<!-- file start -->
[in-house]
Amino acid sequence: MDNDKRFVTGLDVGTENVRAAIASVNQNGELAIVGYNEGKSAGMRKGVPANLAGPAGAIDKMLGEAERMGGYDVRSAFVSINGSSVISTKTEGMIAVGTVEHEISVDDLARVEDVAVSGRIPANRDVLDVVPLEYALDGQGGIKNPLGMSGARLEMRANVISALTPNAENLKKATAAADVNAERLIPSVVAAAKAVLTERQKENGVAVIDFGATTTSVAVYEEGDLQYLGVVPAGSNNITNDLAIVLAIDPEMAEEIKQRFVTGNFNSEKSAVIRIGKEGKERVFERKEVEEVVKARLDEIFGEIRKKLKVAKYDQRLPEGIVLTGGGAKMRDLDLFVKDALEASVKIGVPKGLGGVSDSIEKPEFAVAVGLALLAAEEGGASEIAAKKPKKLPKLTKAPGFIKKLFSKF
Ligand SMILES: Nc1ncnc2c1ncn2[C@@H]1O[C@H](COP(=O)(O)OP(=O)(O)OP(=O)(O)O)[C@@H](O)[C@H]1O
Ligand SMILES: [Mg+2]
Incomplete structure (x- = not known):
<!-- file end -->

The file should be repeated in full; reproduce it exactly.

[in-house]
Amino acid sequence: MDNDKRFVTGLDVGTENVRAAIASVNQNGELAIVGYNEGKSAGMRKGVPANLAGPAGAIDKMLGEAERMGGYDVRSAFVSINGSSVISTKTEGMIAVGTVEHEISVDDLARVEDVAVSGRIPANRDVLDVVPLEYALDGQGGIKNPLGMSGARLEMRANVISALTPNAENLKKATAAADVNAERLIPSVVAAAKAVLTERQKENGVAVIDFGATTTSVAVYEEGDLQYLGVVPAGSNNITNDLAIVLAIDPEMAEEIKQRFVTGNFNSEKSAVIRIGKEGKERVFERKEVEEVVKARLDEIFGEIRKKLKVAKYDQRLPEGIVLTGGGAKMRDLDLFVKDALEASVKIGVPKGLGGVSDSIEKPEFAVAVGLALLAAEEGGASEIAAKKPKKLPKLTKAPGFIKKLFSKF
Ligand SMILES: Nc1ncnc2c1ncn2[C@@H]1O[C@H](COP(=O)(O)OP(=O)(O)OP(=O)(O)O)[C@@H](O)[C@H]1O
Ligand SMILES: [Mg+2]
Incomplete structure (x- = not known):